Have you heard those stories about startup founders striking it rich after their company went public? Turns out, stock options can be a pretty sweet deal even if your company doesn’t make it big. They’re a key part of compensation and can potentially bring in a windfall down the line. But there are different types of options to keep in mind, each with its own rules and tax nuances. Let’s break it down.
Restricted Stock Units (RSUs)
If you have RSUs, you know that they are a form of stock-based compensation that companies give out to inspire loyalty – you win when they do. Typically, you get awarded shares, but don’t get to enjoy voting rights or dividends until a vesting schedule kicks in. The company might also limit when you can sell or transfer these shares. Once you’re vested, you’ll want to think about keeping or selling them, depending on many different factors including the financial health and stability of the company. Keep in mind that the shares you receive will be reported as ordinary income. If you sell them later at a higher price, that gain is also taxable. Also, holding the shares for less than a year triggers taxation at the same rate as your income tax (up to 37% in 2023 for some) but if you hold on for a year or more, the long-term capital gains rate applies (which is maxed out at 20% in 2023).
Incentive Stock Options (ISOs)
ISOs are another way companies incentivize employees by offering stock-based compensation which gives you the right to purchase the stock at a specific price for a ten-year period. The price is usually based on the stock’s value on the day the option is issued. ISOs can be exercised once they are vested, which may take up to six years. If exercised, they are hoped to provide you with a gain if the underlying stock increases beyond the strike price. It’s essential to hold onto your ISOs for at least two years from the grant date and the stock must be held for at least another year once the options are exercised for the best tax treatment.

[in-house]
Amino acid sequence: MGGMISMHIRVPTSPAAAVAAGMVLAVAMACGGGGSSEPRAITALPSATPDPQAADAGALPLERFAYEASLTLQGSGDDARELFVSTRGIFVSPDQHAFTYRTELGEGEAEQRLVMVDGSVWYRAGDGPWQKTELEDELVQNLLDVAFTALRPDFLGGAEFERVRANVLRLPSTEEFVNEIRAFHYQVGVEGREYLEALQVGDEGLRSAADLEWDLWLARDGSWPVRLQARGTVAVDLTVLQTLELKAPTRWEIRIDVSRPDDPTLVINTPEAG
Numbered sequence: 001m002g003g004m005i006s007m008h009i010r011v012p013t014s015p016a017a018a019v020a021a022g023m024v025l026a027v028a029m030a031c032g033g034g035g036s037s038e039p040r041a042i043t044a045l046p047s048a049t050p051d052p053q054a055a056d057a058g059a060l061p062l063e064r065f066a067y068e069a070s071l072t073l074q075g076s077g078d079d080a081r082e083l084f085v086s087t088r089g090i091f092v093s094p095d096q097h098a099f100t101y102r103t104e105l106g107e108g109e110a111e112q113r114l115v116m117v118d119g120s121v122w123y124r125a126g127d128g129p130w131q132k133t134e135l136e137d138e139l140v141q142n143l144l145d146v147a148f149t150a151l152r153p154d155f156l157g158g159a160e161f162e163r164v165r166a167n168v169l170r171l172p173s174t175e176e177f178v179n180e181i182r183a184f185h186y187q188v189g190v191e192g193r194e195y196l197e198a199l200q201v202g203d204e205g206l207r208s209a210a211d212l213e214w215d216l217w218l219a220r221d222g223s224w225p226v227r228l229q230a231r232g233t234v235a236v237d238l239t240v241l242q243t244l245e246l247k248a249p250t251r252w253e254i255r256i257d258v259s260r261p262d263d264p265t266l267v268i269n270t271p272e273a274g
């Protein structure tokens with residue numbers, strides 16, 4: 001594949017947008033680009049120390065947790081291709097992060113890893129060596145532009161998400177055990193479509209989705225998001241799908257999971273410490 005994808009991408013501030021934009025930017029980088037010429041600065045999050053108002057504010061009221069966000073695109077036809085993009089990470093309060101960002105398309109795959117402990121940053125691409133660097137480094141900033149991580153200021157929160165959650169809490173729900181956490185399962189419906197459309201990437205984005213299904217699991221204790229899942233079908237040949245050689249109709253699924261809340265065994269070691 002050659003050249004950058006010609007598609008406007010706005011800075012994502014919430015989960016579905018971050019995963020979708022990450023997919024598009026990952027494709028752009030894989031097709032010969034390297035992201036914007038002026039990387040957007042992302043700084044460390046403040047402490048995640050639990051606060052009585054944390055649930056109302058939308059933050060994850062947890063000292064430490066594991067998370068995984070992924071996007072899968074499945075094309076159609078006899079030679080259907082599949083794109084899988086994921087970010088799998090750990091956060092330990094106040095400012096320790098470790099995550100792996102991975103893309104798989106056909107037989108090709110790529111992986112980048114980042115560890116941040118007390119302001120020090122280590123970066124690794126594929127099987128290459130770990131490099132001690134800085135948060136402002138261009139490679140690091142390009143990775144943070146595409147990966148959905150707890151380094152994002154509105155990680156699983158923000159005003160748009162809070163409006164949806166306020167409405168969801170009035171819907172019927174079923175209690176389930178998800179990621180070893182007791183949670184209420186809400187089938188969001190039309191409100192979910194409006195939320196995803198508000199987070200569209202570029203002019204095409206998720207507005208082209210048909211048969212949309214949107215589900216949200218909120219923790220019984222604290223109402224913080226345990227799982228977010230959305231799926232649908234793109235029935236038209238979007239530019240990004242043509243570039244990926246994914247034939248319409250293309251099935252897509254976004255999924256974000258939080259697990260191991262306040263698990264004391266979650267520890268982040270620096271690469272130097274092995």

Non-Qualified Stock Options (NQSOs)
NQSOs and ISOs are similar, but there’s one big difference – NQSOs don’t come with the same tax benefits as ISOs. Both let you buy company stock at a set price within a certain timeframe and usually have a 10-year expiration. But when you sell stock bought through an NQSO, you’ll be taxed at your regular income rate instead of the lower capital gains rate.
Understanding how taxes impact gains from stock options depends on the type of option and your overall income and tax circumstances. It’s crucial to note that some options could trigger the alternative minimum tax (AMT). Before you exercise an option or sell stock derived from it, seek advice. At Method Financial Planning, we empower our clients with the necessary insights for prudent decision-making in their financial planning. Have questions? Just ask. We’re here to help.